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Division of Food Production and Society


Finished Last updated: 29.11.2022
End: nov 2022
Start: may 2019

This project will focus on development of new, robust and sustainable strategies for long-time storage of frying potatoes, as an alternative to the previously used sprout suppressant which is no longer allowed. The strategies will be adapted to the various types of stores and potato qualities used in Norway.

Read more about the project (in norwegian)


POTETFRIT på potet.no


Status Active
Start - end date 01.05.2019 - 01.11.2022
Project manager Pia Heltoft Thomsen
Division Division of Food Production and Society
Department Horticulture
Partners HOFF SA, Maarud AS, Orkla Confectionary and Snacks Norge AS, SINTEF OCEAN, NIBIO Norsk Institutt for Bioøkonomi, Kuldeteknisk AS, Baltebøl ANS v/ Anstein Leigland Holtet, Ståle Bertelsen, Ole Jakob Bjørnebye, Ola Håkonsen, Minne Gård AS v/ Amund Sandholt, Jens Petter Otterstad AS, Bernt Kr. Snapa, Olav Stenvadet, Brede Svenneby, Christoffer Trøseid, Amund Forset, Ole Johan Balke Hvvem, Huuse Landbruk DA, Per Eivind Ellingsen, Ole Kristian Brumoen, Arne Skarderud, Per Aasen, Morten Tømte, Sigvardt Pran, Per Ivar Rognlien, Per Eilif Sandberg, Tolle Slotnæs Hoel, Thor Johannes Rogneby, Steinar Kristiansen, Jan Steinar Kokkin, Jan Diesen, Anners Lie, Annette Skarstad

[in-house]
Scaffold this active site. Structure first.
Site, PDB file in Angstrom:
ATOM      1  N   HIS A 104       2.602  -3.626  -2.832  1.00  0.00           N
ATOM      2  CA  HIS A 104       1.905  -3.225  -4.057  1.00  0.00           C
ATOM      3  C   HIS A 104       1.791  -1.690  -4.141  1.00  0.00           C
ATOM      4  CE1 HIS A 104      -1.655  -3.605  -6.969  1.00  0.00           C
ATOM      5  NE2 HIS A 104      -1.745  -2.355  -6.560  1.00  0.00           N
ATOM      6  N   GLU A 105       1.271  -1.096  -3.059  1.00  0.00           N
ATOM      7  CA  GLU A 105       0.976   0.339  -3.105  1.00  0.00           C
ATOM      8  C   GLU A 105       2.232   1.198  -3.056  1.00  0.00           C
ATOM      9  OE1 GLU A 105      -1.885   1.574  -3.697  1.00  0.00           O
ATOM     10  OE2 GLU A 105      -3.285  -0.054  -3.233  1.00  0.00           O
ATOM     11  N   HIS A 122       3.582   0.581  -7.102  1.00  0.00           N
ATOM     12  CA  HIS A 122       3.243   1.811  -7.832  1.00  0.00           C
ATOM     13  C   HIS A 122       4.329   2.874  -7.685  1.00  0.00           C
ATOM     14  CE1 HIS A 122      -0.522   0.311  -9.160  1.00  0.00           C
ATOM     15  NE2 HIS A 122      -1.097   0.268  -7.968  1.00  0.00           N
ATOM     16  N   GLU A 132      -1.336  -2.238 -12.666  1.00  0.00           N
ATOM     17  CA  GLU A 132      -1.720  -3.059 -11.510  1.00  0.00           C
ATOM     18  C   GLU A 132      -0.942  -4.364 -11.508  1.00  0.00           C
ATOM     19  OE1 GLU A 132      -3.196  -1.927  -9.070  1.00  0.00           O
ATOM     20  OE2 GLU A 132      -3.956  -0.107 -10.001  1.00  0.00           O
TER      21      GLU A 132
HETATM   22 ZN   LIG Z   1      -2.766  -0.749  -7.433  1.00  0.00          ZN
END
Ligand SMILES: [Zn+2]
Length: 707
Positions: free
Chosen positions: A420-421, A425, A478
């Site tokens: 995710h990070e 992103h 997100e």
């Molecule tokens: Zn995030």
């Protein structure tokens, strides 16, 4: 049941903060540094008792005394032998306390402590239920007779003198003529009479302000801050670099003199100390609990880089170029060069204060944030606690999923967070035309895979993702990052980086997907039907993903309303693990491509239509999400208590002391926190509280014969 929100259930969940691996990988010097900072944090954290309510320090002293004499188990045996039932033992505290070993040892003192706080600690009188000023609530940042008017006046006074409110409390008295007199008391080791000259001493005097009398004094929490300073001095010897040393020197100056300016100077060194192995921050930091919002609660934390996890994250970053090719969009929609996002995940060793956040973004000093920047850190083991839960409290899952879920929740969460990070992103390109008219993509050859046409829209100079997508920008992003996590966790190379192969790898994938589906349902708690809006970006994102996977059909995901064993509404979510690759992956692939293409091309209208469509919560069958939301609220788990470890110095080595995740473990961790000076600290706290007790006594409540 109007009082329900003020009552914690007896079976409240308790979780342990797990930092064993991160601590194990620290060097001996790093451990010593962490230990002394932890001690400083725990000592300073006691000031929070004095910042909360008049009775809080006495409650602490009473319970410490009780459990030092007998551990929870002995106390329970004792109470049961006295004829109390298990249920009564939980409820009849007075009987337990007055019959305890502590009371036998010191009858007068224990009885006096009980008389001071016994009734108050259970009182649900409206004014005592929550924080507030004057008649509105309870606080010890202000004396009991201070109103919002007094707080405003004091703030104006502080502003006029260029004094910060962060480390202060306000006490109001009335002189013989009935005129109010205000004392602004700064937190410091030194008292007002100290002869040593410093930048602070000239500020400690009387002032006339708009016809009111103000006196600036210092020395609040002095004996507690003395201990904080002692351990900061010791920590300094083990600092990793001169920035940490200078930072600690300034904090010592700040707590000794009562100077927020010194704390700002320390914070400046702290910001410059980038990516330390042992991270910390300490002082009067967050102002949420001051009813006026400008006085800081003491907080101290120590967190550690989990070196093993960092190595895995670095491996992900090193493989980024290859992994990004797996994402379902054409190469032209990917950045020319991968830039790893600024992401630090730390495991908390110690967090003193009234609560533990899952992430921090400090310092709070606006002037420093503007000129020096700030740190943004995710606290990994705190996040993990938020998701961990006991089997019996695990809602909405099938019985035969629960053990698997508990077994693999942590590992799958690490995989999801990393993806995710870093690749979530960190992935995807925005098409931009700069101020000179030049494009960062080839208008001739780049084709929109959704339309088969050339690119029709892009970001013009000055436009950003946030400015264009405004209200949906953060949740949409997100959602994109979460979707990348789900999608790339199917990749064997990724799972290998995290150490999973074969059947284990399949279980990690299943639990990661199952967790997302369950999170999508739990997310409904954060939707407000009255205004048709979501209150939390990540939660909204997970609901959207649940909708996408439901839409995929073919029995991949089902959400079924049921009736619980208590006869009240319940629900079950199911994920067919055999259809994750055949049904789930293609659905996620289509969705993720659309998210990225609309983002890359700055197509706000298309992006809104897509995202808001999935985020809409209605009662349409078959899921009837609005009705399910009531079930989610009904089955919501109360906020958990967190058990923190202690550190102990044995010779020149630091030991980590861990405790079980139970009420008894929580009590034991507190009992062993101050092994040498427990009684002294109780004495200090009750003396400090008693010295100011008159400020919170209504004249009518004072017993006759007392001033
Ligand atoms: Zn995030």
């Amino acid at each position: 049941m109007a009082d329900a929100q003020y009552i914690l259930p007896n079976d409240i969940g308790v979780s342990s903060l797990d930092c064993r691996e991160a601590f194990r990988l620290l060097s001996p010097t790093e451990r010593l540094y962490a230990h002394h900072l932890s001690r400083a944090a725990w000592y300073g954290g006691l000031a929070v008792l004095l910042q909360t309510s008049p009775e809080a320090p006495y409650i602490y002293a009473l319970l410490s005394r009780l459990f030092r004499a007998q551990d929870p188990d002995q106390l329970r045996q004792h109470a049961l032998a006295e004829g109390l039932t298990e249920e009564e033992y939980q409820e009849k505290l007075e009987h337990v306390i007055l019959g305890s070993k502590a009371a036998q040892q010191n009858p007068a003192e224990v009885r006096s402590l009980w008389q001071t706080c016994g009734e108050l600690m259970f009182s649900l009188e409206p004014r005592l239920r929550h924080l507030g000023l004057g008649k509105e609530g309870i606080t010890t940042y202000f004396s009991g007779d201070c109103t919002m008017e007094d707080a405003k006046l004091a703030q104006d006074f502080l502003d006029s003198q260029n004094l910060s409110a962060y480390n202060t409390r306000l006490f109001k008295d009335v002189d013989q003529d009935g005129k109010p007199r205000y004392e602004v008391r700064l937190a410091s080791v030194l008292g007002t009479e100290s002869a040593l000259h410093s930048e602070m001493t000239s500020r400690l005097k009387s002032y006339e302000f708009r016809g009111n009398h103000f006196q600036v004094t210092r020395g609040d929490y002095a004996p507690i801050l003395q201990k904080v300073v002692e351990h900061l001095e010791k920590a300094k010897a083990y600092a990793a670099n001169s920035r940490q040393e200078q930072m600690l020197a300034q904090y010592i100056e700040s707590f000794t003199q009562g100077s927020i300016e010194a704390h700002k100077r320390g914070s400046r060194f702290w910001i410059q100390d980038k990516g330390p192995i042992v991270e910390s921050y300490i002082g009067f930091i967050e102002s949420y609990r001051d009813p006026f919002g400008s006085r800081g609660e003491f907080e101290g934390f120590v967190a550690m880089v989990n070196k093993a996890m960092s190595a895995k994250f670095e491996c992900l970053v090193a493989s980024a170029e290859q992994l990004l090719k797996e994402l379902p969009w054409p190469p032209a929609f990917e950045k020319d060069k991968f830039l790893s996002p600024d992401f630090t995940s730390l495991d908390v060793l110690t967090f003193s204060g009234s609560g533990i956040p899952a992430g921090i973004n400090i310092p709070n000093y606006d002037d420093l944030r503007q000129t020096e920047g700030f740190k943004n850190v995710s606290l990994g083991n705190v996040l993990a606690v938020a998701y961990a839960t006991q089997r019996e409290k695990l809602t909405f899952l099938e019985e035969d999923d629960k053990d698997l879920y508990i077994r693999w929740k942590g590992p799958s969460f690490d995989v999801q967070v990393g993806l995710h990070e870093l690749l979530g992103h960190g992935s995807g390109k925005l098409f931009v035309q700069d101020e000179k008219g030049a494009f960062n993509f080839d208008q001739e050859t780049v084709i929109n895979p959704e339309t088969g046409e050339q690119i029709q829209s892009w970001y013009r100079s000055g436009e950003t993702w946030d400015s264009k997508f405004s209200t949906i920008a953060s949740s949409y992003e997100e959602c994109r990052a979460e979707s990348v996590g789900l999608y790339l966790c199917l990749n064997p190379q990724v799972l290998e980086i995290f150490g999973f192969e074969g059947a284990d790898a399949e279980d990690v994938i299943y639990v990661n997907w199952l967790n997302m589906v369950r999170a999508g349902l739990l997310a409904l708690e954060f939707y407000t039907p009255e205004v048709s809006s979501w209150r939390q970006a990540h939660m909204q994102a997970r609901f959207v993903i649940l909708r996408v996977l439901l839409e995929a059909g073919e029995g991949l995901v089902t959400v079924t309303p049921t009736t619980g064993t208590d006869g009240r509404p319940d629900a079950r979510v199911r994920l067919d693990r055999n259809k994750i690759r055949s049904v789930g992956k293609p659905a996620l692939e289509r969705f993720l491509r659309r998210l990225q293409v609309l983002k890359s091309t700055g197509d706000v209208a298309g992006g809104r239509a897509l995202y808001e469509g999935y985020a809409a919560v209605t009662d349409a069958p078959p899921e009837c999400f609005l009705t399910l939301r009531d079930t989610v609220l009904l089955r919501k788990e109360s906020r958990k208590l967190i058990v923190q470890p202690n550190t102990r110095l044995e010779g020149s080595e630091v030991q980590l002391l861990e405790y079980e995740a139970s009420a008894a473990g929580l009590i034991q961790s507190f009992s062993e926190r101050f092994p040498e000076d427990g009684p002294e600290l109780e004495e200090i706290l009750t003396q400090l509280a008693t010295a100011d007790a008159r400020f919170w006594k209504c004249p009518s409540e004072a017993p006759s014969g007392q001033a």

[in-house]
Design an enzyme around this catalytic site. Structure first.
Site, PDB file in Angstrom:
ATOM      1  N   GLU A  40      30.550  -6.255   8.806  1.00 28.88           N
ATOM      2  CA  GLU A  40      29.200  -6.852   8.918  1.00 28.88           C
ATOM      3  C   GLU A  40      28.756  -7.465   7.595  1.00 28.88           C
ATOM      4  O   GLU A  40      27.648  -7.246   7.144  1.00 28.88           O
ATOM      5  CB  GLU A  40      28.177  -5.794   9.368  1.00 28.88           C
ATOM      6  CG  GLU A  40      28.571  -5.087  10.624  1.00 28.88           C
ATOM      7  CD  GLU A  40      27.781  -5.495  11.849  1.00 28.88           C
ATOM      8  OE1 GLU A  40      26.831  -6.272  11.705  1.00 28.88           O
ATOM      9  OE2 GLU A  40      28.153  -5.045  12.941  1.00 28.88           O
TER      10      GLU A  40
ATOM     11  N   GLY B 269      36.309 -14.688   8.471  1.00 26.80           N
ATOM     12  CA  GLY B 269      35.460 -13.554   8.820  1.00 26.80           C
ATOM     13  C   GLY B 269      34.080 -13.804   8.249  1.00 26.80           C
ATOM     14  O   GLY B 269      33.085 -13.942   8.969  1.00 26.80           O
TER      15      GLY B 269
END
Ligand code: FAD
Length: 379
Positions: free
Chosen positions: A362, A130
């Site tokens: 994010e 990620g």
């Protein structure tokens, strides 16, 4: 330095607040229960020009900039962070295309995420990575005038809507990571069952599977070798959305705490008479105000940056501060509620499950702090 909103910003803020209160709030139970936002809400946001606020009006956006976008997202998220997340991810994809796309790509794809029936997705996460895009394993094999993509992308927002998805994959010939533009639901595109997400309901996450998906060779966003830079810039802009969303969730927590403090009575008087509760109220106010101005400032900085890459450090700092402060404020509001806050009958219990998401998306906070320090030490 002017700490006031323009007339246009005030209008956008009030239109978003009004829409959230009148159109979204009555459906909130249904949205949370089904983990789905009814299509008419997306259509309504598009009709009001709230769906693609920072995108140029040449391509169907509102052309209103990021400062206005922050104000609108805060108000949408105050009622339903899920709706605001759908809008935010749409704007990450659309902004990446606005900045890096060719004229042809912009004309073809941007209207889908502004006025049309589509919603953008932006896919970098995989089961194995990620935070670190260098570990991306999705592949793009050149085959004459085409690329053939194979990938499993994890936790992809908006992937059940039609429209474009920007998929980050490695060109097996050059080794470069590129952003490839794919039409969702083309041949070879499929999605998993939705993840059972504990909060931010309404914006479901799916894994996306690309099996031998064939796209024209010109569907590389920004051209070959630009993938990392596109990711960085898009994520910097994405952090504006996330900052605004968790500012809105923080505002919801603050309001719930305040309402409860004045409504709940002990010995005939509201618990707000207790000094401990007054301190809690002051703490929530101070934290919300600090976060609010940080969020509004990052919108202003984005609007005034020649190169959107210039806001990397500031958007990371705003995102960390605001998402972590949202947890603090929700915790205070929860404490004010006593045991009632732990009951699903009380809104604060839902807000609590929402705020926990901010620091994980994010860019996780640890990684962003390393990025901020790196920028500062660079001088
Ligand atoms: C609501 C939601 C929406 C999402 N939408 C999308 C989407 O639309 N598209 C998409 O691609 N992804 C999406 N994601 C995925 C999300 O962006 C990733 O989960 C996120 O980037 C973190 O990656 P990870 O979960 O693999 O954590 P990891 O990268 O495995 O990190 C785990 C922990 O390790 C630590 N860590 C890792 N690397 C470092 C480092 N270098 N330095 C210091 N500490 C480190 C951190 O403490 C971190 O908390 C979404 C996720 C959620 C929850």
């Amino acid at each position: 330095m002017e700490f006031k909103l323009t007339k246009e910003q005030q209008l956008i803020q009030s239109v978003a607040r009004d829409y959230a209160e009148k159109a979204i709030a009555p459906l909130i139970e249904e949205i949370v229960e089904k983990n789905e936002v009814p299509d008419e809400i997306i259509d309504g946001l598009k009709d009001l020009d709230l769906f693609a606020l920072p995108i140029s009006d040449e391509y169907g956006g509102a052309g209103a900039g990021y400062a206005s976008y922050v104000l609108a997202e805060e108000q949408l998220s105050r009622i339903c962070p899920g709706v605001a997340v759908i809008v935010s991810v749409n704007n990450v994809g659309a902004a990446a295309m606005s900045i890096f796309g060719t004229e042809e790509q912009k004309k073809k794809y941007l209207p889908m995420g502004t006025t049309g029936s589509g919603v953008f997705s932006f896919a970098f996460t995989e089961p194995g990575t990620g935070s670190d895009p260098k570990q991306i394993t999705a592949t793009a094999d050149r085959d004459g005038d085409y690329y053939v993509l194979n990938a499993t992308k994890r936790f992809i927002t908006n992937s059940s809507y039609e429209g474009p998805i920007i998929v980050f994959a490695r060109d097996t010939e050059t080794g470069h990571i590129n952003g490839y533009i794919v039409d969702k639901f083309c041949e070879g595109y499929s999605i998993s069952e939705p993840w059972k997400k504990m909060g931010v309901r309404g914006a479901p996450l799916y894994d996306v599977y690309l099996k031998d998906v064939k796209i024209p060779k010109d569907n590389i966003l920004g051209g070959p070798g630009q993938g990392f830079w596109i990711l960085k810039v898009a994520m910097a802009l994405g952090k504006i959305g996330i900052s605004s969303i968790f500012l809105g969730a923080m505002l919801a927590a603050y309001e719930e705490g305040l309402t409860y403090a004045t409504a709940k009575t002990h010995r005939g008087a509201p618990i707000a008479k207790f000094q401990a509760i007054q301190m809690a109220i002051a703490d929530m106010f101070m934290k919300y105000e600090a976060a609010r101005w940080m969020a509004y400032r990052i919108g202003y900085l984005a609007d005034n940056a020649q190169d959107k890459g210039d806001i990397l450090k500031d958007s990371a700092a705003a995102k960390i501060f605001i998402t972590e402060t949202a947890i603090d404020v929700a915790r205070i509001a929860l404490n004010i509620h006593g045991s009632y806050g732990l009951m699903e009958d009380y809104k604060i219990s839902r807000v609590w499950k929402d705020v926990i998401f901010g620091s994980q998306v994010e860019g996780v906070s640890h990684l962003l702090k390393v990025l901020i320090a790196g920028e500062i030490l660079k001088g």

Total budget 11200000
Funding source FFL - JA - Forskningsmidlene for jordbruk og matindustri

Acrylamide has become an important measure when looking at profitability and sustainability in the potato processing industry. Acrylamide is a possible carcinogenic which is formed in starchy foods during high-temperature cooking processes. Crisps and French fries are consumed by people of all ages and therefore the pressure on the industry has been large to reduce the levels. There has been a continuous work the last years to reduce the levels. There is still a need to reduce the levels.

The aim of the project is to reduce acrylamide content and improve product quality profitability and sustainability in the production of crisps and French fries. The aim will be reached through knowledge about the interaction between potato quality and storage conditions. The importance of elevated CO2 levels on product quality and acrylamide content, will be studied. Studies of technical storage conditions will also be carried out.

Through new knowledge in important areas, and close collaboration between potato producers, industry and researchers, the project is expected to contribute to more adapted storage strategies for potato. Better quality of the finished product, less waste, and a less resource-intensive production process will directly contribute to value creation for both producers and the potato industry. A reduction in the amount of acrylamide in fried potato products may also contribute to increased food safety and better public health.

The project is a collaboration between the potato industry (HOFF SA, Maarud AS and Orkla / KiMs), their potato producers, research institutions (NIBIO and SINTEF) and a cooling technology supplier (Kuldeteknisk AS). Other collaborators are Center for Climate Regulated Plant Research, Inagro in Belgium and SBCR in the UK.

Publications in the project